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Prayer

Leif RømckeApr 28, 2020, 12:12:05 PM
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Attempted communication with supernatural beings (SBs).


Photo by VisionPic .net from Pexels

Usually prayer means asking dear SB for a favor. There are people who believe that prayers are effective in treating diseases, avoiding coronaviruses, overcoming enemies, and winning football games.

Some religions require parents to pray to a SB for their sick children rather than using health care. Fortunately, not so common nowadays. Such parents do not pray pretty please, but show total submission to an almighty SB.

If a SB intercedes, the supernatural world interferes with what happens in the natural world. This, at first glance, seems like a good thing. Who would not like be able to break the laws of nature in tricky situations? However, there are at least two reasons to believe that a SB to intervene in the natural course of events is absurd.

An omnipotent SB would not allow a primitive man to bring Him joy or sorrow. Epicurus claimed that humans created god(s) in their image, not that god(s) created humans in their image. A SB would not be perfect if our prayers and appeals could affect its mood and balance of mind.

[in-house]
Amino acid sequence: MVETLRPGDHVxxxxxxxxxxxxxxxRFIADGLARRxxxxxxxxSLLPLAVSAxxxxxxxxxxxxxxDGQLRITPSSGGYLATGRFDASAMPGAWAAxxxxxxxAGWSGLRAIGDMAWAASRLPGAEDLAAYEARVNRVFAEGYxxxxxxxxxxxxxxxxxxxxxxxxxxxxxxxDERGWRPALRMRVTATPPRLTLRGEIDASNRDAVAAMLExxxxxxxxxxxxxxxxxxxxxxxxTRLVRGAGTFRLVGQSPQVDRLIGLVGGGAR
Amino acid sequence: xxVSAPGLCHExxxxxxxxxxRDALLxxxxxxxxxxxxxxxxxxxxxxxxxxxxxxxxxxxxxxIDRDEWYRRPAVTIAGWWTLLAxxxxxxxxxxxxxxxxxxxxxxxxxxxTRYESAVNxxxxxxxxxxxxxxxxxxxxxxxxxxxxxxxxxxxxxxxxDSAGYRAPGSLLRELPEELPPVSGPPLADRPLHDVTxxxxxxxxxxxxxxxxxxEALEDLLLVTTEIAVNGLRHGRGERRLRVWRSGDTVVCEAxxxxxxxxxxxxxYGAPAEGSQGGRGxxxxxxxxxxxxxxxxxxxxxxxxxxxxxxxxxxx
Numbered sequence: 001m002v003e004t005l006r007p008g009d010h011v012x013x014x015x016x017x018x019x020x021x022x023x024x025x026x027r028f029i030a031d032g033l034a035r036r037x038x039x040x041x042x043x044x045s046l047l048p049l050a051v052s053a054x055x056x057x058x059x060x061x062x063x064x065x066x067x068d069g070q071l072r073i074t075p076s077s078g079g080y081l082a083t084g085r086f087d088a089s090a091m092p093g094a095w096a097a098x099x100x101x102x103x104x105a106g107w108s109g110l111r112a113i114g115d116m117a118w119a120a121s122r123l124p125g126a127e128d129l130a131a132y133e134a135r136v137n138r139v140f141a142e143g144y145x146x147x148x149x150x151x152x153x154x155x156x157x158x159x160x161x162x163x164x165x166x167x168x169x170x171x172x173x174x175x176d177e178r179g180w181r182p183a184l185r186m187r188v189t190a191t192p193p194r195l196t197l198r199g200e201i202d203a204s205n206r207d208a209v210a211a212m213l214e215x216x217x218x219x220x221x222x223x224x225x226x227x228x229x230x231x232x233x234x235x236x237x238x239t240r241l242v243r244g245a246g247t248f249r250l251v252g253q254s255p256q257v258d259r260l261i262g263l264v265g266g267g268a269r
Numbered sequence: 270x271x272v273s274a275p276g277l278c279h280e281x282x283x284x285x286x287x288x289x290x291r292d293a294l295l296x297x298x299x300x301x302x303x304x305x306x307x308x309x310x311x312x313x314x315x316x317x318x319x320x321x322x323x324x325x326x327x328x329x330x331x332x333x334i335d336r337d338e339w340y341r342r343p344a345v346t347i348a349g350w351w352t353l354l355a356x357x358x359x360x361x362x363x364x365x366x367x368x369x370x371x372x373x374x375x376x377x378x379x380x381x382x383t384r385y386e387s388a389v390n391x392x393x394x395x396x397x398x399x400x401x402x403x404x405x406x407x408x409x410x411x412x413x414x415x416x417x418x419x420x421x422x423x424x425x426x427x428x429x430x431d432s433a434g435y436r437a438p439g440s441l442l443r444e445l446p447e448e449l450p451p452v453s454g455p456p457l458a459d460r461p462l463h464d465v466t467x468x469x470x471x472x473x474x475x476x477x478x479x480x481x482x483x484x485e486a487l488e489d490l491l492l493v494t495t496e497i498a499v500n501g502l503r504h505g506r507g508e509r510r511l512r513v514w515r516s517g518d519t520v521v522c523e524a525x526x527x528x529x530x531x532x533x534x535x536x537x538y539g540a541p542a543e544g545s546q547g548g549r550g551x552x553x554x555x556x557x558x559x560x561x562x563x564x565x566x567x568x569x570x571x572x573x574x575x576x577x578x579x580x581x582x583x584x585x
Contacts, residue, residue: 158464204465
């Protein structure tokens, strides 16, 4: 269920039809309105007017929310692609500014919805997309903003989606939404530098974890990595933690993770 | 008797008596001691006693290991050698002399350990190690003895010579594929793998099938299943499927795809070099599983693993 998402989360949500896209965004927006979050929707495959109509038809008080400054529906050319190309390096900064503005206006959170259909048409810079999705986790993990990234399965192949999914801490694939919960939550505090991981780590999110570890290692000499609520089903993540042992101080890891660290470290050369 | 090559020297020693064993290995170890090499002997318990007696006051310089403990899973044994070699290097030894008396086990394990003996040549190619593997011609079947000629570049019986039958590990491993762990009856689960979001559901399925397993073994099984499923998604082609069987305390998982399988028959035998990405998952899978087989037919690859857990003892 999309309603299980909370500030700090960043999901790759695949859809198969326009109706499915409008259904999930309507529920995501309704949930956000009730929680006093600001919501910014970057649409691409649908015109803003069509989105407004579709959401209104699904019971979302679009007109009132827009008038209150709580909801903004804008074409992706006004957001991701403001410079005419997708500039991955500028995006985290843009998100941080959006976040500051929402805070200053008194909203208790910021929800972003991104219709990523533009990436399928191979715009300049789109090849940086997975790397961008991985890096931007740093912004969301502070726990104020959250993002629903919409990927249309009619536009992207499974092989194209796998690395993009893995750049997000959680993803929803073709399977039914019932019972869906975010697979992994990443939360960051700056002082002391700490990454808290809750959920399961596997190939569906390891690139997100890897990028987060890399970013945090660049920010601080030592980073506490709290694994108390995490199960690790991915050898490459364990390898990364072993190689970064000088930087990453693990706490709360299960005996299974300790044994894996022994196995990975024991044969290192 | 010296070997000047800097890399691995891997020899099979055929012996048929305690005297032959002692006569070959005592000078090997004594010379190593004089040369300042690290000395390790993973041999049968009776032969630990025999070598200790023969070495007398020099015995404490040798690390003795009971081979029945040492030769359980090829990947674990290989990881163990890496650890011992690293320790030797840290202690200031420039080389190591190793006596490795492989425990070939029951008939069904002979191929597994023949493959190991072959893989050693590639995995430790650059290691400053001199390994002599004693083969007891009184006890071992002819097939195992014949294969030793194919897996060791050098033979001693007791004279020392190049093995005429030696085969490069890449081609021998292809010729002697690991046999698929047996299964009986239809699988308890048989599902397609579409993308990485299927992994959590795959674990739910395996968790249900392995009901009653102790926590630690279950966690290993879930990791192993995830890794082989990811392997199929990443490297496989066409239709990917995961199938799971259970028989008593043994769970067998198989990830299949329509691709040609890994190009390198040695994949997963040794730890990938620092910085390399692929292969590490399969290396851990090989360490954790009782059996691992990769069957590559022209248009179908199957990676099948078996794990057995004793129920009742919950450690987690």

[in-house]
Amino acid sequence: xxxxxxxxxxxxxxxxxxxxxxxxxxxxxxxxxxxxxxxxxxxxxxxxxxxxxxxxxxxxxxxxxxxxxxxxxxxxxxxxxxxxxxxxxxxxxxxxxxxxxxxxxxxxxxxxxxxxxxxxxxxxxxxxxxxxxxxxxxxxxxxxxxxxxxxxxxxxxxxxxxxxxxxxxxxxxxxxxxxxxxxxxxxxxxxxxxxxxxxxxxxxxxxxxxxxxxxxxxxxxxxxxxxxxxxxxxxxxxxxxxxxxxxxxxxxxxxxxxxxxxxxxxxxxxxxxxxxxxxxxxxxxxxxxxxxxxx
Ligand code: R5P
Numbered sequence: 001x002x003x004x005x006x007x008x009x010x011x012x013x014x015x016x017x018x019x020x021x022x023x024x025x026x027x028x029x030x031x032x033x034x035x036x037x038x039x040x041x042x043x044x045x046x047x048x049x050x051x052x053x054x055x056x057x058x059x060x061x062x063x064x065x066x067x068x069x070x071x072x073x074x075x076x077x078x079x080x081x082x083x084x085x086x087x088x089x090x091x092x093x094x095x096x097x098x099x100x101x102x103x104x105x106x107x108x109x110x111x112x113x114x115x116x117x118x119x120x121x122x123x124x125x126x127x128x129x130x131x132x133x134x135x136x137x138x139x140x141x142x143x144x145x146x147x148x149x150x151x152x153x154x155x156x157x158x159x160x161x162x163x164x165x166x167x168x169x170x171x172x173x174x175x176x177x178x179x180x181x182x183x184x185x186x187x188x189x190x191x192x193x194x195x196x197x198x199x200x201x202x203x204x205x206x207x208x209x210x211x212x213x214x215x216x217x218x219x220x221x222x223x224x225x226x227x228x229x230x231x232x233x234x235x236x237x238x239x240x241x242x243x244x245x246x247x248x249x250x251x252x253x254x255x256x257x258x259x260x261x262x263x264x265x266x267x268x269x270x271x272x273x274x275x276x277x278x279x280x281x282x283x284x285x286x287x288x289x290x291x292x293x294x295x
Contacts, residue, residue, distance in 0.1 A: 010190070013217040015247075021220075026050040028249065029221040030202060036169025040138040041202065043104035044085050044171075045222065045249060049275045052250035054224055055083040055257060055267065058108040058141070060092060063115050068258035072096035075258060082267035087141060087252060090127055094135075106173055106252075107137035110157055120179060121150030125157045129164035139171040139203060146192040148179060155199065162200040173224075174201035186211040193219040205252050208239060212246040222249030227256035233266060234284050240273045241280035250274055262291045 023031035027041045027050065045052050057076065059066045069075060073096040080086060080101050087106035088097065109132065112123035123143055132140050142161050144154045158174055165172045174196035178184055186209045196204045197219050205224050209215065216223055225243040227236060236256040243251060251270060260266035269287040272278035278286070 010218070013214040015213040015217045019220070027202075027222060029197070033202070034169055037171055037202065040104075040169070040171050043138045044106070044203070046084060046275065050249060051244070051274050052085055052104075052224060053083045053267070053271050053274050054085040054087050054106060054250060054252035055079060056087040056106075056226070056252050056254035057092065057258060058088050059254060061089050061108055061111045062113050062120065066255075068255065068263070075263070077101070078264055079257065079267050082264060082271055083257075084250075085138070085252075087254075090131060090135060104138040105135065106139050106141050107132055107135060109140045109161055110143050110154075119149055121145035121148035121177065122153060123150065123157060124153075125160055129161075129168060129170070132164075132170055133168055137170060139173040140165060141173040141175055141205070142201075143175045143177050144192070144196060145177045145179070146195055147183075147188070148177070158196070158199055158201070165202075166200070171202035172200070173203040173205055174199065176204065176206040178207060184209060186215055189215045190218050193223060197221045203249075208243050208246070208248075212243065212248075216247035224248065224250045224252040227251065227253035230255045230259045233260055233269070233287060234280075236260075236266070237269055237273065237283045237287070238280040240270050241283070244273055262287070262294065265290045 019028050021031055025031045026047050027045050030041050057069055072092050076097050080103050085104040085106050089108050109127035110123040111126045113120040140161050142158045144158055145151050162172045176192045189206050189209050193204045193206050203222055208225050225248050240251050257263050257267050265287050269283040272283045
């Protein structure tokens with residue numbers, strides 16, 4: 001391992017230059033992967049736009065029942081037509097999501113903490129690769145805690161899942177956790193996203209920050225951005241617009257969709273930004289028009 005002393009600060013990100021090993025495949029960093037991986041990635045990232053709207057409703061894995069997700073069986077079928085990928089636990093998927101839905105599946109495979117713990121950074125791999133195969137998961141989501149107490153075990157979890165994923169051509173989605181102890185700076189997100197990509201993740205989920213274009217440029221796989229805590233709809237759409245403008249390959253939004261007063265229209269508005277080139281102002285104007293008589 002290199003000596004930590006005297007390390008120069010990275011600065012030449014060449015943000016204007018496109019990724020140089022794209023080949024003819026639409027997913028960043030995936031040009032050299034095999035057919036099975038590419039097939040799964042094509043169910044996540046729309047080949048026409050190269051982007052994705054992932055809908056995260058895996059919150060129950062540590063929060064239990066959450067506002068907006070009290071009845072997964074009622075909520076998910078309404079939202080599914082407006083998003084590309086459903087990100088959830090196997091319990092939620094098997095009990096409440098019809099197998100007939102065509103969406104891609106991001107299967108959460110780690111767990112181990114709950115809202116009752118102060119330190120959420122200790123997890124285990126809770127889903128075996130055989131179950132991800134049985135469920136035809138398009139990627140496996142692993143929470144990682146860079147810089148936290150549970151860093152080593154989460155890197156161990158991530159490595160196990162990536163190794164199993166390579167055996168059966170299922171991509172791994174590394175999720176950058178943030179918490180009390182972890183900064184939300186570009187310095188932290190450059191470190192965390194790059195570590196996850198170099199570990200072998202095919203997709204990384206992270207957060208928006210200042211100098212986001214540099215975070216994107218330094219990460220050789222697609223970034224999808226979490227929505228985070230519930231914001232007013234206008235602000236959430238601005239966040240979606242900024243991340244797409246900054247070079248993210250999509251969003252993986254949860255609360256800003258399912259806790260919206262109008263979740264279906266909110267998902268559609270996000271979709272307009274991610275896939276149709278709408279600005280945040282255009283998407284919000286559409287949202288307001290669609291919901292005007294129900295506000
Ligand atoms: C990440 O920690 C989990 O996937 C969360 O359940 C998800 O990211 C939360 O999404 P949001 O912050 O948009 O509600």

More serious is the fact that, if a SB could suddenly change the course of nature, human experience and science would become impossible. Immanuel Kant argued that only if we experienced events as causal, can we gain experience at all.

There are thus logical, scientific, and metaphysical reasons for not researching whether prayers can cure the sick. The idea is logically contradictory, scientifically absurd, and metaphysically degrading.

Once you introduce the possibility of SBs being the cause of events, there is no justification for assuming that only the Judeo-Christian God interferes; or that SBs only interfere when prayers are involved.